Training and achievements
To customise this section effectively, carefully read the job description and requirements and identify both the skills and qualifications the employer wants. Include and highlight training and certifications that align with the job requirements, including technical skills and industry certifications.
Identify achievements from your past experiences (work and voluntary) that demonstrate your ability to excel in areas relevant to the job. Quantify achievements whenever possible with numbers and percentages to provide measurable results and add credibility to your claims. If your experience is not directly linked to the role, think about projects that may showcase the relevant skills.
ATS (Applicant Tracking System) is a software employers use to scan CVs effectively and select candidates with the essential skills and experience. The majority of employers use an ATS, however, different positions will have unique keywords crucial for their ATS - you’ll need to consider the specific role you’re applying for to pass the initial screening stage.
You can incorporate ATS-friendly keywords in any of the above areas, and you will have already covered some within your skills, experience, and training. Although you cannot be certain which keywords are required, you can pre-empt them using the job description. Consider other ways you can mirror the language within the job description and posting, such as:
- Action verbs like ‘led’, ‘managed’, and ‘oversaw’
- Industry-specific terminology related to the job
- Target numbers and figures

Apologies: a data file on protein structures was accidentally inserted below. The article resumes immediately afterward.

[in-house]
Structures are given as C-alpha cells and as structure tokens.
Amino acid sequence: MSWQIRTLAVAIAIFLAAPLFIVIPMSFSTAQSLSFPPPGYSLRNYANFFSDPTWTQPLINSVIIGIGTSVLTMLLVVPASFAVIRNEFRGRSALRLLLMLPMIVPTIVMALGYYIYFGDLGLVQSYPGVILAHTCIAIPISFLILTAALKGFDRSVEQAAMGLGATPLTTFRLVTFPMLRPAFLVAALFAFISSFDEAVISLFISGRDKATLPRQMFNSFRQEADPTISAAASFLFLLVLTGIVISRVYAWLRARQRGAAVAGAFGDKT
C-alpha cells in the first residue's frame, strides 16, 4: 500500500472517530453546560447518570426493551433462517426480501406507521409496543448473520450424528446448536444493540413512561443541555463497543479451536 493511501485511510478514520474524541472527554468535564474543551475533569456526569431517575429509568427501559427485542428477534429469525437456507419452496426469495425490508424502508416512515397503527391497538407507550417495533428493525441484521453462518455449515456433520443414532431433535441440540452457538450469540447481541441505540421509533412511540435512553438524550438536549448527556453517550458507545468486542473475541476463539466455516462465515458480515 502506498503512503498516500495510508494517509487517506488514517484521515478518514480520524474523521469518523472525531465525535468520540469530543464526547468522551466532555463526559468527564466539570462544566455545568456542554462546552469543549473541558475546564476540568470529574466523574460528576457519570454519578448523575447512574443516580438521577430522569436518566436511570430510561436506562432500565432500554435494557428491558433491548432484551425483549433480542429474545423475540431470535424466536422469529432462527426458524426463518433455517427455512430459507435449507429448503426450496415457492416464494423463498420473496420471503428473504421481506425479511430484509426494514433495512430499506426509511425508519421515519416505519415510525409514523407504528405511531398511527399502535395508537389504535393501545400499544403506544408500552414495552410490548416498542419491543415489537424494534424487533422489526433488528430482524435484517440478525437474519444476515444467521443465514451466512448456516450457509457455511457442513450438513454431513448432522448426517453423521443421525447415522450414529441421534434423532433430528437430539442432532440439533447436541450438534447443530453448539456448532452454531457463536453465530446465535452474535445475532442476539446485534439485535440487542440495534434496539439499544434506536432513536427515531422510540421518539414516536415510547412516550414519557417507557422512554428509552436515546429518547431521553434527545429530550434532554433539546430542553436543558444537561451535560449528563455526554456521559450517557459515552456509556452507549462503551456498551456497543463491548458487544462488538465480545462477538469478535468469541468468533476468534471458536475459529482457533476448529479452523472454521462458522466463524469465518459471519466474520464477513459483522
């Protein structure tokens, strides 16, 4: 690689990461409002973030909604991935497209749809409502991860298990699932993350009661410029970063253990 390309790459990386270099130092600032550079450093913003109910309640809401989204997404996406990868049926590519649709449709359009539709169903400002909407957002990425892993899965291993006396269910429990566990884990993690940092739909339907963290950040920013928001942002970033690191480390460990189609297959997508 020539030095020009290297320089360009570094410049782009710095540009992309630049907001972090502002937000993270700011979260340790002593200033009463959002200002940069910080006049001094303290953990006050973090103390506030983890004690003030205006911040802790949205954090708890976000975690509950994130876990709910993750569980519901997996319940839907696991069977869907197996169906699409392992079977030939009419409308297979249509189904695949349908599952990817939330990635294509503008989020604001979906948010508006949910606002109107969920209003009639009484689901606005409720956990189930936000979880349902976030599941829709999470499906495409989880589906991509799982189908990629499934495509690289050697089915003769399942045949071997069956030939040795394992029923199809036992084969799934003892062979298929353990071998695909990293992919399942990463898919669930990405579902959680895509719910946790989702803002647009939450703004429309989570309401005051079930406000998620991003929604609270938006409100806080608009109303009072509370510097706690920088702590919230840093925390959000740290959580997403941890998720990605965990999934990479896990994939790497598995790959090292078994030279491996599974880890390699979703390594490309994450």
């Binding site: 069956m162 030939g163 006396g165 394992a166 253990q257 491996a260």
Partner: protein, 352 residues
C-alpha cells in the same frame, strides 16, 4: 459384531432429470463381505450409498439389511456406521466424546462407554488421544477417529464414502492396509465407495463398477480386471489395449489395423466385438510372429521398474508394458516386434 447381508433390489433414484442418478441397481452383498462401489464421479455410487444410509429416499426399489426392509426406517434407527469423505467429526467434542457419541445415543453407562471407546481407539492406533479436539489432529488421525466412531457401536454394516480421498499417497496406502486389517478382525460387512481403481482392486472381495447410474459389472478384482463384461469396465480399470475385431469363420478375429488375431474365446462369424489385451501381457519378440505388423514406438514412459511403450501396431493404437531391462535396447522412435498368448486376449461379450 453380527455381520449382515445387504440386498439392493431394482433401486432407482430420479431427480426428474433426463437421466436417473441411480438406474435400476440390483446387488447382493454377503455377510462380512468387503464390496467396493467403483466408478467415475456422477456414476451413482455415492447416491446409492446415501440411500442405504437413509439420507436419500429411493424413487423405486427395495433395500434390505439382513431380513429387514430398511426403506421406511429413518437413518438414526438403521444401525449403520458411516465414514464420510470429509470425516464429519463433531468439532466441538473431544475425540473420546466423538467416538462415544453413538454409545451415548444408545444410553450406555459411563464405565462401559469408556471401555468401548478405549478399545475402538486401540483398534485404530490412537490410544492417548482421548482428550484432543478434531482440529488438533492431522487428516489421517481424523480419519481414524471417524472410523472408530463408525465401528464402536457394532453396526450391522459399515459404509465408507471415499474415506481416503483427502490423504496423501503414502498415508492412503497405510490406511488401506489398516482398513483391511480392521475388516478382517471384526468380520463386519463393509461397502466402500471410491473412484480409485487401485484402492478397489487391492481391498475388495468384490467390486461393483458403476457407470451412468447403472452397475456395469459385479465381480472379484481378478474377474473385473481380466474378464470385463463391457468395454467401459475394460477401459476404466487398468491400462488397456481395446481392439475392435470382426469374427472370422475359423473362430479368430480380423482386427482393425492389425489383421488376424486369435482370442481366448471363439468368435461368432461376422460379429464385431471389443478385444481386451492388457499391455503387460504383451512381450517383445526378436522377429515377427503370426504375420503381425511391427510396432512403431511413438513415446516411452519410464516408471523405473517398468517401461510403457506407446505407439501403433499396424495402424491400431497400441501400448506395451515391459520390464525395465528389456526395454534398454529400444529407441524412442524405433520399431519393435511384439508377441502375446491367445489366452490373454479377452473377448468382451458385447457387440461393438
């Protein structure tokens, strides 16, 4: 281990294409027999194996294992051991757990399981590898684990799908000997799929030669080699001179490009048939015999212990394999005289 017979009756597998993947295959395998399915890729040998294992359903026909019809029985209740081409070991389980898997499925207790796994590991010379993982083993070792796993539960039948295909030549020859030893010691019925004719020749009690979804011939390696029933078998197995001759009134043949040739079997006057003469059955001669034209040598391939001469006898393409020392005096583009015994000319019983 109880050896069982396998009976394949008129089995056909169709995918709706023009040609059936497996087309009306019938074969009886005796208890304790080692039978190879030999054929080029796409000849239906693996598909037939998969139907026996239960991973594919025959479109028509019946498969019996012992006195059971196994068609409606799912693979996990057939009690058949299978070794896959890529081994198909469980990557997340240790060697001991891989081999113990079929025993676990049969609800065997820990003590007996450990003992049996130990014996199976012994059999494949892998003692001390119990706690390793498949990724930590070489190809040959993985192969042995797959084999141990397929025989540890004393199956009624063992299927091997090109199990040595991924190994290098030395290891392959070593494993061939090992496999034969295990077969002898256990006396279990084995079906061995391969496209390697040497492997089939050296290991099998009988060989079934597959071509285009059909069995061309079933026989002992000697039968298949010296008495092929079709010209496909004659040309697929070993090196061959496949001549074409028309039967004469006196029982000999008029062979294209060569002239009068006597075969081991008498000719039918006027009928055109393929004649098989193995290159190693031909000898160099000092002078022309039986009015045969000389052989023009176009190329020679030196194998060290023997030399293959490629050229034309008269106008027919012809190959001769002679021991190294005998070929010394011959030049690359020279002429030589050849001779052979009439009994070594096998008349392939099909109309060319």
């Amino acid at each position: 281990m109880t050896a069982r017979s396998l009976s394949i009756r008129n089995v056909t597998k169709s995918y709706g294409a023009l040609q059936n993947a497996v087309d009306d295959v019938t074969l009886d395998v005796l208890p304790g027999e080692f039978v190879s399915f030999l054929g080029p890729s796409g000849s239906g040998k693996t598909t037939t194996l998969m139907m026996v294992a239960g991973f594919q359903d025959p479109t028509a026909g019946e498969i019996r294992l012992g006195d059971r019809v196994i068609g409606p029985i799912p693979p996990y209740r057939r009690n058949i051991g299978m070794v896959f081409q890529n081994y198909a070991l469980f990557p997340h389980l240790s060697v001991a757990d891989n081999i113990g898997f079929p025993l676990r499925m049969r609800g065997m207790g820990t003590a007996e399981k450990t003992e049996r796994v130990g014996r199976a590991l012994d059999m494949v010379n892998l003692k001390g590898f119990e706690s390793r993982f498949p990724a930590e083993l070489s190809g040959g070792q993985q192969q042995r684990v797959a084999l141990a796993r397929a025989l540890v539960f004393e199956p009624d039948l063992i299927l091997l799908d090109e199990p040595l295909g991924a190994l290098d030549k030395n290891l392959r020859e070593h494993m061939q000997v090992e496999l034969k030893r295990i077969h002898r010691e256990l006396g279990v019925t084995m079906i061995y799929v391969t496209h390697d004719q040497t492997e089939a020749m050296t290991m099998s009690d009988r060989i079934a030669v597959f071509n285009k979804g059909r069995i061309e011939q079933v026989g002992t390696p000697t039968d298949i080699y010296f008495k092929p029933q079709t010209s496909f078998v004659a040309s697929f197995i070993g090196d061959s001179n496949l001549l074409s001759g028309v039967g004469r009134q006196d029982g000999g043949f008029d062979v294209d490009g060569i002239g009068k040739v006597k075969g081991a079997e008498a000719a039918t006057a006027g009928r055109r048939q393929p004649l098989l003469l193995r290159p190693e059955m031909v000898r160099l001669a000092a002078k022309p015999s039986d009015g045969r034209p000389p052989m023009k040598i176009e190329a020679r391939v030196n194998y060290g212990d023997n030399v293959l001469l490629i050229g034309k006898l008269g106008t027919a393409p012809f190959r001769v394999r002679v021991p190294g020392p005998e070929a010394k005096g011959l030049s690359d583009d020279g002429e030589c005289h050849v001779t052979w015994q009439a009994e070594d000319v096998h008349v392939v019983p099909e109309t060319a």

Keep in mind that balance is essential, so avoid keyword stuffing and ensure your CV remains readable and compelling to both ATS and human readers.
Alongside tailoring the copy, you should consider the design of your CV. The design matters more than you might expect, and colour can help make you stand out. Modern-day employers are used to seeing CVs that include colour, so don’t be afraid to inject some into yours.
When deciding on your colour scheme, consider whether it suits the role and industry you’re applying for. While there is no definitive answer to what colours you should use on your CV, choose colours that reflect your industry and complement one another. For example, professional services may stick to dark or muted colours, whereas creative professionals will use a more colourful palette to show their personality. Remember, it’s always best to keep your main background colour white and the font black for readability.
Have you found this article insightful? At Search, we work with 6,000+ businesses across the UK and have uncovered what makes a great CV in today’s job market. If you are looking for more support with your CV or job search, contact us today, our dedicated recruitment consultants can review your current strategy and make recommendations.